And We Need Them
Though I started out to write Nimri
as an unlikeable character in need of redemption (as are we all), I actually
needed his maddening nature more than I realized. A story needs a disruptive force to keep
things moving. Jordan Peterson would
say, speaking his language of archetypes, that we need a balance between the
forces of order and the forces of chaos.
Too much chaos and society falls apart, but too much order can be
stifling, enslaving. And so in a
novel. You need a steady source of
trouble or nothing will happen in your story.
(By the way, Peterson relies
heavily on Jung for his archetypes. Concidentally, the MBTI is also derived –
distantly – from Jung’s work. I realize
there are problems with the MBTI and there would certainly be problems with
trying to draw solely on Jung for your complete philosophy of life. However, both are useful when talking about
The disruptive force in a story is often the villain. It can be that character that readers love to hate. Or it could be something more abstract, like Nature. In some stories of the sane-man-in-a-crazy-world variety, almost all the characters are colorful and disruptive, and only the protagonist is vainly trying to hold things in order. This is true of Dave Barry’s novels, of Janet Evanovich’s Stephanie Plum series, and of the TV series King of the Hill (all of them comedies). It’s a little more difficult if you’re writing a “serious” novel and wish to have a number of admirable characters. You can’t make them all admirable, or no one will cause trouble, and then where will you be? Still, stories can accommodate more than one disruptor. It’s often best if you have several, including some outside force and one or more characters closer to home. In Beowulf, Grendel is the monster but Beowulf himself disrupts Hrothgar’s court by his arrival, and he is also challenged by Hrothgar’s designated mocker.
What’s a favorite story of yours and who is the disruptor in it?
A few years ago, I posted this article on Hubpages. It argues that most social science research data can’t be trusted because of the inherent difficulties in studying human thought and behavior. Today, just like Herodotus, I am vindicated.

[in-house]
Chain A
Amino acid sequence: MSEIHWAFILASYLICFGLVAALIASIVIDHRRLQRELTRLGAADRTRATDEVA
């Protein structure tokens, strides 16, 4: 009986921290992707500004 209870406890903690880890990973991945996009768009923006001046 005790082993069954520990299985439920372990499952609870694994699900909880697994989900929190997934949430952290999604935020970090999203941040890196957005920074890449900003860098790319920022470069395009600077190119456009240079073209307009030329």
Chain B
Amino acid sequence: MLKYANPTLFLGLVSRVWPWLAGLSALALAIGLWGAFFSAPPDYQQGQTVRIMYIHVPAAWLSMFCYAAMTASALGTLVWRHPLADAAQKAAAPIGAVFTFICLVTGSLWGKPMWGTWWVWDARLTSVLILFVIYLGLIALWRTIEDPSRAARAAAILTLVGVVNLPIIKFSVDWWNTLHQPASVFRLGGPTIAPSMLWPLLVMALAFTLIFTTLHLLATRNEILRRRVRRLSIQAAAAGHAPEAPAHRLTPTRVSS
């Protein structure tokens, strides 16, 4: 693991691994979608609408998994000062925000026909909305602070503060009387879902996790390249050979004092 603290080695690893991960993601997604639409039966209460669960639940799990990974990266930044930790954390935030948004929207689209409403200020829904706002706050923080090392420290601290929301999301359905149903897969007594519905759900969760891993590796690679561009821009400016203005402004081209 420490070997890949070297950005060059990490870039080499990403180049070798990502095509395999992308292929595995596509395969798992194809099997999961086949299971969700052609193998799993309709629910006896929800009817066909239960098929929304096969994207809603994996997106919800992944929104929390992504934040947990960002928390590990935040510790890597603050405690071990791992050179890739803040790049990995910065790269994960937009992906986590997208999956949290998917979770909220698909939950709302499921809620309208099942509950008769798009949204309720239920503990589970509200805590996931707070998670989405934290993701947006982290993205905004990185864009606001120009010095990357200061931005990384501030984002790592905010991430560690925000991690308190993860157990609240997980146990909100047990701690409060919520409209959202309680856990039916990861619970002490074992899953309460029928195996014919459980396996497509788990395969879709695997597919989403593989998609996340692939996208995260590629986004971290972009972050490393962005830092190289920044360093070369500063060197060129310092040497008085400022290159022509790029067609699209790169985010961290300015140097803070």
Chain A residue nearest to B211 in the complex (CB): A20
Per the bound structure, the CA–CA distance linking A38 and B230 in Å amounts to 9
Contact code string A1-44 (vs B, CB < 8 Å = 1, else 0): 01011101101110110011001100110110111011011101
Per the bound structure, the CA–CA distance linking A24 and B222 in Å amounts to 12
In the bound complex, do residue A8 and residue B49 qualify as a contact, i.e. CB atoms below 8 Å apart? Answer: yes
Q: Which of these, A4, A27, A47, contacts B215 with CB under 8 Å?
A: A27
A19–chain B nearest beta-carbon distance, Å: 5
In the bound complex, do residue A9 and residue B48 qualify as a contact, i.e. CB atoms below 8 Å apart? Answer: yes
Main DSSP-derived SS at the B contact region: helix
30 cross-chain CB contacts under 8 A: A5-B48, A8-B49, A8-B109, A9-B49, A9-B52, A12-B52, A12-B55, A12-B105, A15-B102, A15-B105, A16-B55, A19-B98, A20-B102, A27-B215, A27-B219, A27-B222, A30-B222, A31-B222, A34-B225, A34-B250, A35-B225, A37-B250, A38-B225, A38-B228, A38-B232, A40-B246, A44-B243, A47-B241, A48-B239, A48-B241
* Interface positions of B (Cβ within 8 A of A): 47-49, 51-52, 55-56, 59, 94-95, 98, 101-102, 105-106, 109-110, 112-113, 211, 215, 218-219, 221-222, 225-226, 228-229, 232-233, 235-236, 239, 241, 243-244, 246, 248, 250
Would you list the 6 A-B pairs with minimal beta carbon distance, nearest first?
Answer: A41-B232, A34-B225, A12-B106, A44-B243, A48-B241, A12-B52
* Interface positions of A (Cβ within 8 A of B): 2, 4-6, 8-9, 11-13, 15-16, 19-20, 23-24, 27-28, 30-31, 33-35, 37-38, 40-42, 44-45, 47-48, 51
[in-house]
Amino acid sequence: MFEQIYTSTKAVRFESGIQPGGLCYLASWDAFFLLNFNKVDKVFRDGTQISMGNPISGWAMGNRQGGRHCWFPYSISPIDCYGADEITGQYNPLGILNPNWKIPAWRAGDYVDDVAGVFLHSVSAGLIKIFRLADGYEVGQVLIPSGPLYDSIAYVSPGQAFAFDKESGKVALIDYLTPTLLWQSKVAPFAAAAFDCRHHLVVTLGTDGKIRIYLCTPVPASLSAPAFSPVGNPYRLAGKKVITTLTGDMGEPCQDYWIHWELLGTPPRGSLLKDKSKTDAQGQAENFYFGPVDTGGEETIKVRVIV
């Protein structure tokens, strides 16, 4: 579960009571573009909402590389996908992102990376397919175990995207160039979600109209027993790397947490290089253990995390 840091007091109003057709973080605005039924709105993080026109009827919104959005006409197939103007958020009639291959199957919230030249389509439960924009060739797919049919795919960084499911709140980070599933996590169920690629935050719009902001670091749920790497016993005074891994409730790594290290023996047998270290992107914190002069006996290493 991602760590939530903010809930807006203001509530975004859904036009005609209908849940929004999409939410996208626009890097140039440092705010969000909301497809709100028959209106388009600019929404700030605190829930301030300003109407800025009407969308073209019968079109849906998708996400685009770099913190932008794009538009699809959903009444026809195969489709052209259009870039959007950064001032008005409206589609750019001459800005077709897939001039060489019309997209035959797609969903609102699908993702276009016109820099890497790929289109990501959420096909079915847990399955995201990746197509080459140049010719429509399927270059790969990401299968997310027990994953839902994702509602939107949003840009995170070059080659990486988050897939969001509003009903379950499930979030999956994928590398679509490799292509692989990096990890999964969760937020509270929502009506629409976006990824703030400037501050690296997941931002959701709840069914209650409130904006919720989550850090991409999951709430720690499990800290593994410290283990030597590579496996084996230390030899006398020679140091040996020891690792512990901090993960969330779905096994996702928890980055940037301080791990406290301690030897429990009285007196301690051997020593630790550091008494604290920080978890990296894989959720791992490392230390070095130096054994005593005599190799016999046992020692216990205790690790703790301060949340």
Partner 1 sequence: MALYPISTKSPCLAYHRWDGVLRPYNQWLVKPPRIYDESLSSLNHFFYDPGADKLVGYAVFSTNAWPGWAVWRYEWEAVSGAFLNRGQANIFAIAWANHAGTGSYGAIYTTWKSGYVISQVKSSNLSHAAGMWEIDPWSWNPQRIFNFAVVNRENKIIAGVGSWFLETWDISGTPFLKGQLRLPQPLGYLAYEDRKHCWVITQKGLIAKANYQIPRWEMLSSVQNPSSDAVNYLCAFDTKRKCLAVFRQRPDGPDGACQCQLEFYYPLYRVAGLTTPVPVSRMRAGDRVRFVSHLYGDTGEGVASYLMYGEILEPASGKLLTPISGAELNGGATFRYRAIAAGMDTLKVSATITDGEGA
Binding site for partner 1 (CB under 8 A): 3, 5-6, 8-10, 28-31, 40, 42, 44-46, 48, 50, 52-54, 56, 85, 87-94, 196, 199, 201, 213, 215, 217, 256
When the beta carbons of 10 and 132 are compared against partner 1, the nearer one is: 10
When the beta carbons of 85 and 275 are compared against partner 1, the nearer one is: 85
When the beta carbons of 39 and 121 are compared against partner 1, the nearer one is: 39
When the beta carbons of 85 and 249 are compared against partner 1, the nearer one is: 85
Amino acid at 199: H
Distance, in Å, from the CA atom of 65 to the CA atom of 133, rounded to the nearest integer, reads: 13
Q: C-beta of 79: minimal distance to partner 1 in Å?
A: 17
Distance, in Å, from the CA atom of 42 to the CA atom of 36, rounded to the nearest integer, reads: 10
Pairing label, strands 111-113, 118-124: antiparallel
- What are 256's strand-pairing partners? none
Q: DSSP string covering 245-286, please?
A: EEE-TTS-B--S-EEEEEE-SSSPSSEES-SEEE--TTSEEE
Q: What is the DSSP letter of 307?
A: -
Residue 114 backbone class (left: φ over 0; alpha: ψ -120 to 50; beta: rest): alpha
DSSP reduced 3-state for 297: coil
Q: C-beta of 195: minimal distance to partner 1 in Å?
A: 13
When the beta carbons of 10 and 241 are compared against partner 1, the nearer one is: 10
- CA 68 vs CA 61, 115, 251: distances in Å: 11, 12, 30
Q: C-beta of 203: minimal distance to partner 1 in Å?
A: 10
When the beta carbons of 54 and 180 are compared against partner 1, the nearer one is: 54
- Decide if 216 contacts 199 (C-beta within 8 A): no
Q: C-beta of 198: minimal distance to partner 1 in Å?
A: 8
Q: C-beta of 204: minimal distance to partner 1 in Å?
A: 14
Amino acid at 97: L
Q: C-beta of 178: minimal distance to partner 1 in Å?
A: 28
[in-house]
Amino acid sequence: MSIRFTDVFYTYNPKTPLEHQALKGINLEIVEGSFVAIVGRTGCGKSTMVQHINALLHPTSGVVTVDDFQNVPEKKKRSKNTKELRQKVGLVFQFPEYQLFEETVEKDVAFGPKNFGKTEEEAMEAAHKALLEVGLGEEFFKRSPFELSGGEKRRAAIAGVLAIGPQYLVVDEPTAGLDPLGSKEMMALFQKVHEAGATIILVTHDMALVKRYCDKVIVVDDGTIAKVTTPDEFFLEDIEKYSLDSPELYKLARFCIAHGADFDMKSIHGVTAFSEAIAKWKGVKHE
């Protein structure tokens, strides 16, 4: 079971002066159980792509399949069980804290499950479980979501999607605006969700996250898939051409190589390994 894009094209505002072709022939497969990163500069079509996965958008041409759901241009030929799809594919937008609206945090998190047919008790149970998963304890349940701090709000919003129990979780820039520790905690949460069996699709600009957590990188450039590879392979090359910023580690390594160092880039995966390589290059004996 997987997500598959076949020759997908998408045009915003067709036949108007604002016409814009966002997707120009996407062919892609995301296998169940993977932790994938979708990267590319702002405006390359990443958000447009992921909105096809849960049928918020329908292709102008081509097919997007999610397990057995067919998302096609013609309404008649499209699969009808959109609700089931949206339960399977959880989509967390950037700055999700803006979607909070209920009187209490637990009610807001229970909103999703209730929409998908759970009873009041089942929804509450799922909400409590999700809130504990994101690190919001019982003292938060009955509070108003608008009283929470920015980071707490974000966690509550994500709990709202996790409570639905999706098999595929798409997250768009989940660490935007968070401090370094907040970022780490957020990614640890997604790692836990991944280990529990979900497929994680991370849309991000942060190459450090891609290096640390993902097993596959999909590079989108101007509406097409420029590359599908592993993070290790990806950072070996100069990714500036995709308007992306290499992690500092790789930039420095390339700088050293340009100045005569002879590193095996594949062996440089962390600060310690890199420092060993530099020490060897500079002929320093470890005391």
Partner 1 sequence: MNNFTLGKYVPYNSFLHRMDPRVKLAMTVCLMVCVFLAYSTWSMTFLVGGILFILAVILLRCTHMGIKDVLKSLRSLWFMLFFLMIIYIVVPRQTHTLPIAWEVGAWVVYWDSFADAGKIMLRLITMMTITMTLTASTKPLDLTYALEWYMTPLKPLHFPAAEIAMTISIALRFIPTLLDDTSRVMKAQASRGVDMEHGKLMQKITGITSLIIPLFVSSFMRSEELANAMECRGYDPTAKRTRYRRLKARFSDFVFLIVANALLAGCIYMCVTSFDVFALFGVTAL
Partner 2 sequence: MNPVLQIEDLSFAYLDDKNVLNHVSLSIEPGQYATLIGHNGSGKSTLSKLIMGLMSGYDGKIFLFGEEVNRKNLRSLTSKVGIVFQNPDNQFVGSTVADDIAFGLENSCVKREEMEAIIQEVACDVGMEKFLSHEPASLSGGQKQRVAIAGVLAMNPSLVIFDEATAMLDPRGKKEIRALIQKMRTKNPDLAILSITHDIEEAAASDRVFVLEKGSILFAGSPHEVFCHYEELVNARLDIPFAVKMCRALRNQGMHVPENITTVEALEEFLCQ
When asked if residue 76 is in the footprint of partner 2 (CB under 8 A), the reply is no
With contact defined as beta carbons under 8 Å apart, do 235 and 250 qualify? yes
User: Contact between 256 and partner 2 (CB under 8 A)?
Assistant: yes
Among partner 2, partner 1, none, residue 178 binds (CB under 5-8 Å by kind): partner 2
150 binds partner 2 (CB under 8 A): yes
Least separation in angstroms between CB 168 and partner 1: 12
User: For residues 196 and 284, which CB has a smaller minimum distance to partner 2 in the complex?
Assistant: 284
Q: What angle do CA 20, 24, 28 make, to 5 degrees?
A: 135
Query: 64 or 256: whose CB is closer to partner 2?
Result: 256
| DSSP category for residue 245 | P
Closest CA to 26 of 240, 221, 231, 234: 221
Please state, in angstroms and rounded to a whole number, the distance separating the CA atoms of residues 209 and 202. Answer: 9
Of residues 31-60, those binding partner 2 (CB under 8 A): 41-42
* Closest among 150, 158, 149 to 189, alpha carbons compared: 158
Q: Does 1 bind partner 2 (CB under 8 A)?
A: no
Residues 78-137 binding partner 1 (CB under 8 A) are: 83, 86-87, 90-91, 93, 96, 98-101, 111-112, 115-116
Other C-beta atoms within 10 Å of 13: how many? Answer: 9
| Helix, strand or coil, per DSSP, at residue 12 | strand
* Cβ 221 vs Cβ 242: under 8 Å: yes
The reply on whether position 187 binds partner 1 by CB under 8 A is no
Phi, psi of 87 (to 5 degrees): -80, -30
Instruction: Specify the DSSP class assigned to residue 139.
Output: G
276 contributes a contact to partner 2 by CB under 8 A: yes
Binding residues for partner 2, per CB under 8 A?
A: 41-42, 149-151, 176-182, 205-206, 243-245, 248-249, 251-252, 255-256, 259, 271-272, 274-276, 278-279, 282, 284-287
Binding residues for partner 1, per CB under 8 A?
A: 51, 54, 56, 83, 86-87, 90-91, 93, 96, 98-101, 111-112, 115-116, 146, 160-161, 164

This article on Futurity shows that a major psychological test that has been used for years to screen for potential psychiatric illness is not reliable. The differences between the scores of schizophrenics and neurotypical people are smaller than the differences in scores for less educated versus more educated people, and even slightly smaller than the score differences among blacks versus whites. In other words, whether you finished college has a greater impact on your score of this test than whether you are an actual schizophrenic. Yet the test supposedly measures our ability to guess what other people are thinking.
This does not mean that the designers of the
test were racist or classist. It means
that, like nearly every person who dares to undertake social “science,” they
were naïve. They didn’t realize that it’s almost
impossible to measure anything in human cognition without also measuring a
bunch of other stuff, such as vocabulary and cultural norms. And often, you don’t even realize that you
are measuring the other stuff instead.
Rating People’s Ratings of Pictures of Eyes
For the test, subjects were shown a series of black-and-white shots of actors’ eyes expressing various feelings. For each eye shot, they were asked to choose between four words that would best describe the eyes’ mental state. For example, in one of the samples in the article, you are asked to choose between sarcastic, suspicious,dispirited, and stern.
I am sure you have spotted the problem already. You have to be fairly literate to parse the nuances of those four words. And all the shots were like that. This explains the education disparity produced by the test. To make matters worse, in most of the examples the article gives, two or even three of the offered words could plausibly describe what the eyes are expressing. Which word was considered right on the test was decided “through consensus ratings.”